Have you seen these statistics?
- Among U.S. adults ages 50 and older, the divorce rate roughly doubled since the 1990s; among those 65 and older, the divorce rate roughly tripled.
- Among those who divorced in the past year, about one-third were in their prior marriage for at least 30 years; 12% were married for 40 years or more.
This data from a report by the Pew Research Center doesn’t specifically tie the divorce rate to children leaving the nest, but the numbers certainly beg the question. Why in the world would a husband and wife split up after decades of partnership? Why would they do the hard work of raising children together and then decide life would be better apart?
I can tell you one of the most common reasons why. Somewhere along the way they forgot the first priority of marriage: a healthy partnership between husband and wife.
Empty nesters in my office
The Pew Research statistics are no surprise to me because they reflect what I’ve seen come into my office at The Marriage Place. While we of course see many (many!) younger and middle-age couples, we also see a good number of couples who have moved beyond the child-raising years. These marriages have endured the loud-and-crazy years of young children who want what they want when they want it, the angst-filled years of teenagers doing all kinds of things to find themselves, and the gradual slip-sliding away years of young adults who need to make their own way in the world.''When anything comes between you and the one to whom you committed your love, even if it's a normally ''good'' thing, then something's gone awry.'' Click To Tweet
The presenting reasons for potential divorce among empty nesters are not necessarily different than those of younger couples. The underlying difference, however, is many of the empty nesters ignore their issues (or at least quietly let them fester) for years while focusing their collective efforts on the kids. Once the kids are raised and gone, these couples finally realize — or decide to admit — they simply don’t enjoy one another much anymore.
Regardless of their immediate crisis which brings them to counseling, the reality is they’ve often let other forces come between them for many years prior. Sometimes they are negative forces like workaholism or affairs or substance abuse. But in my experience, it’s often the good things that get in the way. Things like raising kids, doing satisfying work, volunteering at school or church, or both– there are a multitude of good things out there.. But when anything comes between you and the one to whom you committed your love, even if it’s a normally “good” thing, then something’s gone awry.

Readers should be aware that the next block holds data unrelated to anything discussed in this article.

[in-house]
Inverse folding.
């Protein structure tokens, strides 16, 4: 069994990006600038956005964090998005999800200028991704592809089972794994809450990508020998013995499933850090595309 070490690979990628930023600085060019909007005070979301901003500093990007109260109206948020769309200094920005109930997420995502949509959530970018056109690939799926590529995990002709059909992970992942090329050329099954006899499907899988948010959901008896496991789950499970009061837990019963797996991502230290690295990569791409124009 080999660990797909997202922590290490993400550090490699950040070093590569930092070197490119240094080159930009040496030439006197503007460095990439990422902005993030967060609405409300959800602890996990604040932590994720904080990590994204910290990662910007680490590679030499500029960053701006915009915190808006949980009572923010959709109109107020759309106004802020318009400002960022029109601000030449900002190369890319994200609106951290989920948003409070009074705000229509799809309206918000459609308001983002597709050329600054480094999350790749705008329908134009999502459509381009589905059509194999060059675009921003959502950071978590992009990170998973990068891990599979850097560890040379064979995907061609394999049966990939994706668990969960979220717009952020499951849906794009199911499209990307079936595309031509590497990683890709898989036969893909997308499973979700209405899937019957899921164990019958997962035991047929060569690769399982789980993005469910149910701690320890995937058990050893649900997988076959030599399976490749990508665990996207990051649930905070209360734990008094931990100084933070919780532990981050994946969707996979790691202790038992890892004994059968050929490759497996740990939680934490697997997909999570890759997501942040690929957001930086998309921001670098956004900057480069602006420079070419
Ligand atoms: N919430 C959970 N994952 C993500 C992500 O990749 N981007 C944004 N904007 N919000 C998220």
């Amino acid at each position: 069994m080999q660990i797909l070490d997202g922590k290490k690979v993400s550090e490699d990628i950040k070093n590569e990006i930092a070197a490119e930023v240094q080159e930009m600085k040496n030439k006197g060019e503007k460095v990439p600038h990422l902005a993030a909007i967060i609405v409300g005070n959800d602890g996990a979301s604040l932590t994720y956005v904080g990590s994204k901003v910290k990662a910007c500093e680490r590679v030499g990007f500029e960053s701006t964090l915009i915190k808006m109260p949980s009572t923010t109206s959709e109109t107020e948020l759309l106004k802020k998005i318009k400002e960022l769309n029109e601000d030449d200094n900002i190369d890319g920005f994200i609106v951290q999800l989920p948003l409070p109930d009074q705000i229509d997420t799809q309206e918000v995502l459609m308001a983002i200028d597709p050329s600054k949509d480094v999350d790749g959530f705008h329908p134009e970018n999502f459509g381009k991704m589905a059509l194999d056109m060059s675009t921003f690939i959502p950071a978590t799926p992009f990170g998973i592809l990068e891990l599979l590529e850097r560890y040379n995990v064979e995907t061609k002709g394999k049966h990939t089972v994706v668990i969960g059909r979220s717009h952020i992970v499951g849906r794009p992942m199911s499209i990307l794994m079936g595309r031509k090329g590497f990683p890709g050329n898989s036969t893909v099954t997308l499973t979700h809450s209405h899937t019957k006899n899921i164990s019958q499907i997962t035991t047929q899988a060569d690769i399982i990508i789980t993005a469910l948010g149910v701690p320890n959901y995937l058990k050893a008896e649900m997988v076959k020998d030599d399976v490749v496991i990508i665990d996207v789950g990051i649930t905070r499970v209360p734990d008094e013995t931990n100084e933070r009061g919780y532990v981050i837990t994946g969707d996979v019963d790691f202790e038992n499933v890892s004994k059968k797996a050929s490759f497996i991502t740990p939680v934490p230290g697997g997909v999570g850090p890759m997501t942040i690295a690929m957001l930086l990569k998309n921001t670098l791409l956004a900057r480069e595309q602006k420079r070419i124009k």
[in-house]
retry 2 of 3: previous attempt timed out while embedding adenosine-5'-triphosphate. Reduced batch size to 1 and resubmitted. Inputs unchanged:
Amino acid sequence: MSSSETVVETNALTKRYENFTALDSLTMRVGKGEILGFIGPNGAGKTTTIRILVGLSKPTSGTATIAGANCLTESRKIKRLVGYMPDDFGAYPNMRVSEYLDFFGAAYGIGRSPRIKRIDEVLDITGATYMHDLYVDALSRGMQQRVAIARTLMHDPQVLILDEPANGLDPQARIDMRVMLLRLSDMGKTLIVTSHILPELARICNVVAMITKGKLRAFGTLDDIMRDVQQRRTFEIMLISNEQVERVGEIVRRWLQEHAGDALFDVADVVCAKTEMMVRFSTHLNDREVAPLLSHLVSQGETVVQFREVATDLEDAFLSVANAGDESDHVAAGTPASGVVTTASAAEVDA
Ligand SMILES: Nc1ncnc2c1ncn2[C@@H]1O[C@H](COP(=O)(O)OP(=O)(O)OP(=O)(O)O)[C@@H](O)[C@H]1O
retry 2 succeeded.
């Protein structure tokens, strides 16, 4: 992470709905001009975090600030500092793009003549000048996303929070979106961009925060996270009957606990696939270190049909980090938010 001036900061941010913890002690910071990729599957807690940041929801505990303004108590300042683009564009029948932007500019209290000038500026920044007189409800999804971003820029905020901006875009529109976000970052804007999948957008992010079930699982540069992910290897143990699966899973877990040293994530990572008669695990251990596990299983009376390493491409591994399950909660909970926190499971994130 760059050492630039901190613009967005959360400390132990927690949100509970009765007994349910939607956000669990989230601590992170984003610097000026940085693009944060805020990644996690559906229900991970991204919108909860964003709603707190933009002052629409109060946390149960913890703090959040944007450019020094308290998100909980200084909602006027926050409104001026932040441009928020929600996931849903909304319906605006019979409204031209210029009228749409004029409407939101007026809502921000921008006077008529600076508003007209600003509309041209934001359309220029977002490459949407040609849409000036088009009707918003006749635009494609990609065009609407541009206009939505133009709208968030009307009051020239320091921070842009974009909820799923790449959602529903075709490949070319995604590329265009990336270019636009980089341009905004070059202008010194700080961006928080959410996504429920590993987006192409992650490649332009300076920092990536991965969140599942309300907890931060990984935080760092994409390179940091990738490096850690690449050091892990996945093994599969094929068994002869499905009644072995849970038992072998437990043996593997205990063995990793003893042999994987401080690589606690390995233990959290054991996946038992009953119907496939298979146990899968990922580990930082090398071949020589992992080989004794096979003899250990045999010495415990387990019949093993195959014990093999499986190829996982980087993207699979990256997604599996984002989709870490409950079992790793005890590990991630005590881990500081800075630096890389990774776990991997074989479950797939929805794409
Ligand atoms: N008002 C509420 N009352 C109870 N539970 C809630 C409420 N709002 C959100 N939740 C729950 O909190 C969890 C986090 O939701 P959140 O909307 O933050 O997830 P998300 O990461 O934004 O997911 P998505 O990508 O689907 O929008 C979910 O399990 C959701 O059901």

Could your marriage be at risk of an empty nest divorce? I’m speaking right now to those who still have children at home, since there are still actions you can take before you’re in the child-free zone. (If you’re already there and what I’m saying resembles your life, hurry and contact us now. Don’t wait.)
To assess your risks, take the short quiz below SEPARATELY. I recommend making yourself do it in less than one minute, because your gut responses will be the most telling.
|1||In a normal week, not counting time sleeping, how much time do you spend together as a couple, without kids or other people?||Less than an hour||At least one hour||1-2 hours||2 hours or more|
|2||When is the last time you had casual, no-agenda time together of at least 30 minutes?||More than a month ago||More than a week ago||A few days ago||Yesterday|
|3||When did you last have sex?||It’s been months.||It’s been weeks.||It’s been days.||It’s been hours.|
|4||Besides sex and sleeping, what is an activity you do together, alone, on a regular basis?|
Together, look at your answers and evaluate. If you 1) have more responses in the two left response columns than in the right, or 2) don’t have any answers for question #4, you need to take action.
This is obviously a subjective exercise you can game in all kinds of ways. But if you take it seriously – even if it’s just one of you – it can help assess if you are at risk of losing intimate connectedness with your spouse and need to work to reclaim the focus of your marriage.
Whatever stage of life you’re in, if you’re realizing you’ve taken your focus off your life-mate, it’s a good time to realign your vision. To do so often requires setting aside time for intentional conversation. You can of course do this on your own, but many couples report that the accountability of a counseling appointment is extremely motivating. The Marriage Place counselors and coaches have specific techniques for helping you focus on one another again. Click here to get started.